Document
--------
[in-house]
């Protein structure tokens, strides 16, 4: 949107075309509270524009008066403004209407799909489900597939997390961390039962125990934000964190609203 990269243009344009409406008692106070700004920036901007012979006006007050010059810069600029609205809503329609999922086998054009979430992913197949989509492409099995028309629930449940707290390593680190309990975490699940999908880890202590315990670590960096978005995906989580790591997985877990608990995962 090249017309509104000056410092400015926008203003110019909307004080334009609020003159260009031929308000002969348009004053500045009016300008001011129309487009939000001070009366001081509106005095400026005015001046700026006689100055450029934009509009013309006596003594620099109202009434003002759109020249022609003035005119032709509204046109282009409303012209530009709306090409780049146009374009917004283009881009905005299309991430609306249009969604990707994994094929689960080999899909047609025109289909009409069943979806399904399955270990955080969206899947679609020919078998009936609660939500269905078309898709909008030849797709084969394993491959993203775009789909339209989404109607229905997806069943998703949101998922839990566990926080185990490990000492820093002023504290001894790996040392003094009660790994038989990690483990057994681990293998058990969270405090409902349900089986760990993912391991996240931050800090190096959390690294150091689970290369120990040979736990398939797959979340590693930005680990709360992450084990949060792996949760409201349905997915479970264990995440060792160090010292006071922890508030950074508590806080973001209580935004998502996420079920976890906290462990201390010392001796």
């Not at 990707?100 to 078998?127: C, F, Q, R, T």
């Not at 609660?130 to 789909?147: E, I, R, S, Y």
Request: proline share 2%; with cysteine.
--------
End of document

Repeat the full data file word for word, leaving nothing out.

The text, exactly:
[in-house]
């Protein structure tokens, strides 16, 4: 949107075309509270524009008066403004209407799909489900597939997390961390039962125990934000964190609203 990269243009344009409406008692106070700004920036901007012979006006007050010059810069600029609205809503329609999922086998054009979430992913197949989509492409099995028309629930449940707290390593680190309990975490699940999908880890202590315990670590960096978005995906989580790591997985877990608990995962 090249017309509104000056410092400015926008203003110019909307004080334009609020003159260009031929308000002969348009004053500045009016300008001011129309487009939000001070009366001081509106005095400026005015001046700026006689100055450029934009509009013309006596003594620099109202009434003002759109020249022609003035005119032709509204046109282009409303012209530009709306090409780049146009374009917004283009881009905005299309991430609306249009969604990707994994094929689960080999899909047609025109289909009409069943979806399904399955270990955080969206899947679609020919078998009936609660939500269905078309898709909008030849797709084969394993491959993203775009789909339209989404109607229905997806069943998703949101998922839990566990926080185990490990000492820093002023504290001894790996040392003094009660790994038989990690483990057994681990293998058990969270405090409902349900089986760990993912391991996240931050800090190096959390690294150091689970290369120990040979736990398939797959979340590693930005680990709360992450084990949060792996949760409201349905997915479970264990995440060792160090010292006071922890508030950074508590806080973001209580935004998502996420079920976890906290462990201390010392001796």
């Not at 990707?100 to 078998?127: C, F, Q, R, T």
């Not at 609660?130 to 789909?147: E, I, R, S, Y």
Request: proline share 2%; with cysteine.